Yesterday’s cartoon was drawn to “Suzanne,” the Leonard Cohen song as arranged and sung by Nina Simone. I think this self-portrait is ugly and embarrassing, but that does not prevent me from sharing it; because, honestly, I was feeling impatient and irritable as I drew, so it’s an accurate emotional reflection, as these quick self-portraits so often are. Let me be forever honest.
What’s on your mind?
I noticed how there were children in the song, leaning out for love and they would lean that way forever. Now I notice the word forever coming forward; an oddly common word that’s used in our language to express a human-timeline-challenging concept that we humans nevertheless seem to take comfort in imagining. Oh to occupy a space so much vaster than our finite earthly selves, to be unpinned in time.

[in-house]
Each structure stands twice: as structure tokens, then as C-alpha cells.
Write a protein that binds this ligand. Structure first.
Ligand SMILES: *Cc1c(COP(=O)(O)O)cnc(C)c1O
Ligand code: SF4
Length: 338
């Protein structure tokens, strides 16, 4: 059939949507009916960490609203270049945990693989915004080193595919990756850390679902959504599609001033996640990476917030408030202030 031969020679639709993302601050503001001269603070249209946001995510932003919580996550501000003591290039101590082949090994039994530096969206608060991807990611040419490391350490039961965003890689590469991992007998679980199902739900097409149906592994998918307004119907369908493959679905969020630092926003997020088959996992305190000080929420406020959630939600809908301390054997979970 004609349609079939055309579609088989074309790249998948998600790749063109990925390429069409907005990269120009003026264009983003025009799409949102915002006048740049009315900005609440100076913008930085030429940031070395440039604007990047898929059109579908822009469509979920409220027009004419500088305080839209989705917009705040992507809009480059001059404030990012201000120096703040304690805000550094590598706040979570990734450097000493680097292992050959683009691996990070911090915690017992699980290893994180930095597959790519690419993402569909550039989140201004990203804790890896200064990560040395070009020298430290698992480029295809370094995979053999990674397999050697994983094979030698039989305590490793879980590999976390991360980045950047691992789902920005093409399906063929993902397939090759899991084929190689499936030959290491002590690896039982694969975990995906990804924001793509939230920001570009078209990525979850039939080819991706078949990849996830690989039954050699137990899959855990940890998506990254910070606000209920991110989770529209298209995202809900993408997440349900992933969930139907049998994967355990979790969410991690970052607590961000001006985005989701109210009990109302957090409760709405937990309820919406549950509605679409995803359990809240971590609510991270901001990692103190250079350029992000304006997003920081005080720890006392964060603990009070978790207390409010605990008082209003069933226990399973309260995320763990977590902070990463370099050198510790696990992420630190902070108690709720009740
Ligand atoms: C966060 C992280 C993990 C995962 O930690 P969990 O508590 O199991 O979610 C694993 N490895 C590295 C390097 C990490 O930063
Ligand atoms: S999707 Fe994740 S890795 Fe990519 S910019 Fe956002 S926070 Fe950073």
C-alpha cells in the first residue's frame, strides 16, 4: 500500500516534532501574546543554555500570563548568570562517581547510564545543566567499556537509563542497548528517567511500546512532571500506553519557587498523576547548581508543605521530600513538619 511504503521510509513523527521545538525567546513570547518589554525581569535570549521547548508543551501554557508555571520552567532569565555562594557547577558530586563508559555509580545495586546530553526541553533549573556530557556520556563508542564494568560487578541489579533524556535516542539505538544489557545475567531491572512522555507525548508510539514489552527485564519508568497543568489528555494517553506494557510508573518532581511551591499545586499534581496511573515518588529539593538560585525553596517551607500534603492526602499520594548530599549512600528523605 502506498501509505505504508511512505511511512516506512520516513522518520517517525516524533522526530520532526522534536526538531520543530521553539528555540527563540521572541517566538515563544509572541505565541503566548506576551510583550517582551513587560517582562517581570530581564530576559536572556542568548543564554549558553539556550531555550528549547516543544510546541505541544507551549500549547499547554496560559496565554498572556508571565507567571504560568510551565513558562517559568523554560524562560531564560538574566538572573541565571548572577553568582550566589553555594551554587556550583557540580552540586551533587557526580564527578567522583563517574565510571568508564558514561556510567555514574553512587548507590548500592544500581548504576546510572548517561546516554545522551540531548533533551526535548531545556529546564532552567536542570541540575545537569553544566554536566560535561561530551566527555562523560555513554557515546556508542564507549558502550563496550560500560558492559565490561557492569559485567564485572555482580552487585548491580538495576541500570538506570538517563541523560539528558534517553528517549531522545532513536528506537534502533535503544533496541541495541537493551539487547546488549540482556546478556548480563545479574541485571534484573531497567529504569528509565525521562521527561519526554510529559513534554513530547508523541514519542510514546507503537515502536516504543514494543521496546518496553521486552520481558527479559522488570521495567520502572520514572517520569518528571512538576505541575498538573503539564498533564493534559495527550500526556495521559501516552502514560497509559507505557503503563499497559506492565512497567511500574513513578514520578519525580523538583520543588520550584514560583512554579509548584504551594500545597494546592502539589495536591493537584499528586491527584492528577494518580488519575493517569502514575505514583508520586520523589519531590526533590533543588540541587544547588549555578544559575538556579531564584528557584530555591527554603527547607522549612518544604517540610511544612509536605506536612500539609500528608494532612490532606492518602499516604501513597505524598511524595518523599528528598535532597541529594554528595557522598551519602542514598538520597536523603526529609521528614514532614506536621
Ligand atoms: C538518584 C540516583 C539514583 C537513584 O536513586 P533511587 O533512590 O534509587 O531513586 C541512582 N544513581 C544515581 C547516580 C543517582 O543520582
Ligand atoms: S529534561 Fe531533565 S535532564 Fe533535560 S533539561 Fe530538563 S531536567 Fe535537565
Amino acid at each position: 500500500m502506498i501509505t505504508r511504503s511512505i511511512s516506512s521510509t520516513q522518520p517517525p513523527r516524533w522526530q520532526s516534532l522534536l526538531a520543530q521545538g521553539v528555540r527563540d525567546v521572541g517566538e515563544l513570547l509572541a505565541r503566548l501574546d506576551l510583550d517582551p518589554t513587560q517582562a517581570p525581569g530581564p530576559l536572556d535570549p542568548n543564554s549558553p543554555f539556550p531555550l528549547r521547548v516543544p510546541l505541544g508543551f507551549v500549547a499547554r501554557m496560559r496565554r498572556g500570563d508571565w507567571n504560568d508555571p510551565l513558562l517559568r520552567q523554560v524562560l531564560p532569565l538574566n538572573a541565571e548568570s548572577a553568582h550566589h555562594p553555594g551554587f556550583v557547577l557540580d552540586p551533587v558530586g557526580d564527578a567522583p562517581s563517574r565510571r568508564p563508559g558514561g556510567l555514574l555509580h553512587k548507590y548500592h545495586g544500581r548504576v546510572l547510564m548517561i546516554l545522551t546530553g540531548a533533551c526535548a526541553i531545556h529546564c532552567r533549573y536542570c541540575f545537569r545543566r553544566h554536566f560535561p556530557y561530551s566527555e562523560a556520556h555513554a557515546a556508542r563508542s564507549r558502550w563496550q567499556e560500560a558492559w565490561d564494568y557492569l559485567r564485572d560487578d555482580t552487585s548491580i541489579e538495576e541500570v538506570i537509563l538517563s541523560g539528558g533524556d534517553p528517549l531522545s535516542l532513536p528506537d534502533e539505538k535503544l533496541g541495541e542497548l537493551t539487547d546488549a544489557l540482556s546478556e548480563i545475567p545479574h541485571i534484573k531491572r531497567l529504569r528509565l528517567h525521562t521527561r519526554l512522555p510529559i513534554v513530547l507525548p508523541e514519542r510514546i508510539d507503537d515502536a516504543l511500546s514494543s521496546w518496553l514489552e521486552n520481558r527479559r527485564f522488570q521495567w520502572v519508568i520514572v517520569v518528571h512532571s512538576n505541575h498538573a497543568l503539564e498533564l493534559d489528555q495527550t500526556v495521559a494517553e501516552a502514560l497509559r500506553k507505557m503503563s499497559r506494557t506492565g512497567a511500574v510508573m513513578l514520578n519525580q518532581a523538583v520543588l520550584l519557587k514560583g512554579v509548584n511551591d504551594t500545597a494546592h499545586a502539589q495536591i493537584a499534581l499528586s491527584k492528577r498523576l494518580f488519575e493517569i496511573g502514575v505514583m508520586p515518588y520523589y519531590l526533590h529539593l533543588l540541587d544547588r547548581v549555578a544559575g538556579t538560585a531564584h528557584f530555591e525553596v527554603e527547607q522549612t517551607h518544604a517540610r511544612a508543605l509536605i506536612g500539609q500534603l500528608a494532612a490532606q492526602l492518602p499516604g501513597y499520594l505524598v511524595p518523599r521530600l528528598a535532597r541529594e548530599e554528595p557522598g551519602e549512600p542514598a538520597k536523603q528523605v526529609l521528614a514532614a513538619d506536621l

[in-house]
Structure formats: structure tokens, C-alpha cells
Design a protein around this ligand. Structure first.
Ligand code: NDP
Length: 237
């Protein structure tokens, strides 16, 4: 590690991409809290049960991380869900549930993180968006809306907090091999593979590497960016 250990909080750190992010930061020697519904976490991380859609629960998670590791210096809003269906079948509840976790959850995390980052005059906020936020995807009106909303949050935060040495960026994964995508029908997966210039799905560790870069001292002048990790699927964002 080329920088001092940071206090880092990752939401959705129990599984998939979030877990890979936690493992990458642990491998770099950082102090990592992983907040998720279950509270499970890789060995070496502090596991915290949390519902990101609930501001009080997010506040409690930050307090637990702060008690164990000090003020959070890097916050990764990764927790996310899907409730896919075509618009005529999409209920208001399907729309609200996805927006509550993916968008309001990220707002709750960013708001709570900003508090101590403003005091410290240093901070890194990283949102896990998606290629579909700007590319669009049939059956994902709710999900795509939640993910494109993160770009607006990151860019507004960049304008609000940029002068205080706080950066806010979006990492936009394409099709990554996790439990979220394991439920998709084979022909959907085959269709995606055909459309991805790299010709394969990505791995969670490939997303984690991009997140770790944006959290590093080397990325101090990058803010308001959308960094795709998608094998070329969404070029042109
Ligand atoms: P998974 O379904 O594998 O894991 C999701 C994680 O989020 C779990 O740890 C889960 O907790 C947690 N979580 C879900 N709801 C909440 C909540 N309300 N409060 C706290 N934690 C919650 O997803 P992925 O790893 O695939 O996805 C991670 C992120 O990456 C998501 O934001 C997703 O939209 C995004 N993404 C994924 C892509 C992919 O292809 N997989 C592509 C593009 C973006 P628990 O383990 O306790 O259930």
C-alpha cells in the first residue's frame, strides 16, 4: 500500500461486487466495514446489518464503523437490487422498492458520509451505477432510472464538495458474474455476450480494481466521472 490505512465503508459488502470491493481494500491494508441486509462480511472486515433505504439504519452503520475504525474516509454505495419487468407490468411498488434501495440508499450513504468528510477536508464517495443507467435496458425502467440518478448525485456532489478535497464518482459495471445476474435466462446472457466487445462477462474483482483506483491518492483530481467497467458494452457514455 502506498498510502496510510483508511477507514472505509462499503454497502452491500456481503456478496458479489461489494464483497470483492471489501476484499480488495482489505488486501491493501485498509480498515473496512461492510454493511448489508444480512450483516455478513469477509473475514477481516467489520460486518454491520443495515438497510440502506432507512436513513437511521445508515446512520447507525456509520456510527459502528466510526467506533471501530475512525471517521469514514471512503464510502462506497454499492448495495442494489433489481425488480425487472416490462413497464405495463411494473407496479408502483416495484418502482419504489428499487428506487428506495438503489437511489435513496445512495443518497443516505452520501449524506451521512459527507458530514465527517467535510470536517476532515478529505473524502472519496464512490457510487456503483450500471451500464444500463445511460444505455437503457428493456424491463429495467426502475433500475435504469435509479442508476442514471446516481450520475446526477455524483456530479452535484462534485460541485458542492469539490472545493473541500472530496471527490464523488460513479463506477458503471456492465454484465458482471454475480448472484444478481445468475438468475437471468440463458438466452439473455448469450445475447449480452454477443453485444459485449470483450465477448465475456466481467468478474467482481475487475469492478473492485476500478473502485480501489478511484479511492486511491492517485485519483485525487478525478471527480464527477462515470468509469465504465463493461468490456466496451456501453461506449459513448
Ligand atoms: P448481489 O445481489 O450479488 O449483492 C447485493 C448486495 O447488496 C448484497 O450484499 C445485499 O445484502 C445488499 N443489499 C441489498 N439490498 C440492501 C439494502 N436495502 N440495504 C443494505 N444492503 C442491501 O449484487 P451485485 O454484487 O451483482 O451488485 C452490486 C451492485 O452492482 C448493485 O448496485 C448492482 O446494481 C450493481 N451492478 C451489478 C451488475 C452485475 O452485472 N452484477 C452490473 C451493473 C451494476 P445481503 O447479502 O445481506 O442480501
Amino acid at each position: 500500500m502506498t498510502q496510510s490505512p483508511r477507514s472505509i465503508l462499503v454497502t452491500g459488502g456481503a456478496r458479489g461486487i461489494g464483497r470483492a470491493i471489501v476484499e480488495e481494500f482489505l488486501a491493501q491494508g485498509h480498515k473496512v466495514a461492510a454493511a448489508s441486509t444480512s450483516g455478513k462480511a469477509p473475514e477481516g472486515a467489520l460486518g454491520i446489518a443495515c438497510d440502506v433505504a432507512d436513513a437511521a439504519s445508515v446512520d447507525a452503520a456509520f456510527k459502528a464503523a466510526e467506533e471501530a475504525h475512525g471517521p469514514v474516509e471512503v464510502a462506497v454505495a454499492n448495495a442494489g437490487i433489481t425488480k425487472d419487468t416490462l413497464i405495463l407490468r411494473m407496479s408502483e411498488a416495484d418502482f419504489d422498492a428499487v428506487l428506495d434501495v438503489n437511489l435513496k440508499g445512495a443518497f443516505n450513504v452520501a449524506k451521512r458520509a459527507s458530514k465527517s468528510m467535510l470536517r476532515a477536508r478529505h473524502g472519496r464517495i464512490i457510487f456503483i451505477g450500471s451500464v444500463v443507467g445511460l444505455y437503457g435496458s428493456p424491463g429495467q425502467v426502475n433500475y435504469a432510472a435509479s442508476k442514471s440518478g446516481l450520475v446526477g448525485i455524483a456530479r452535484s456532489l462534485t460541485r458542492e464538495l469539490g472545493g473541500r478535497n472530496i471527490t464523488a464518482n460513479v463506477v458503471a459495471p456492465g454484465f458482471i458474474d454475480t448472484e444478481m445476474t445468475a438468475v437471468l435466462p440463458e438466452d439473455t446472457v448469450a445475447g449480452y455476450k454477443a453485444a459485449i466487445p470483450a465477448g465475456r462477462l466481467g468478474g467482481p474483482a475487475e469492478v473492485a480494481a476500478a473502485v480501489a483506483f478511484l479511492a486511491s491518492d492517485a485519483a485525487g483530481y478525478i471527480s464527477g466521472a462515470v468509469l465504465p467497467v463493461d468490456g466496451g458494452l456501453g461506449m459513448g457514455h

I’m thinking, too, about the word “let” from the poem I listened to while meditating just now (Kei Miller’s “A Poem for Letting Yourself Be,” from Poetry Unbound). Let. It brought forth tears, that simple short word. Permission given. To just be. To be anything at all. A word I’ve given no thought to previously. Layered with conceptual associations that bring relief: to not stand in the way of; to allow. It’s a word that washes over and through, without force.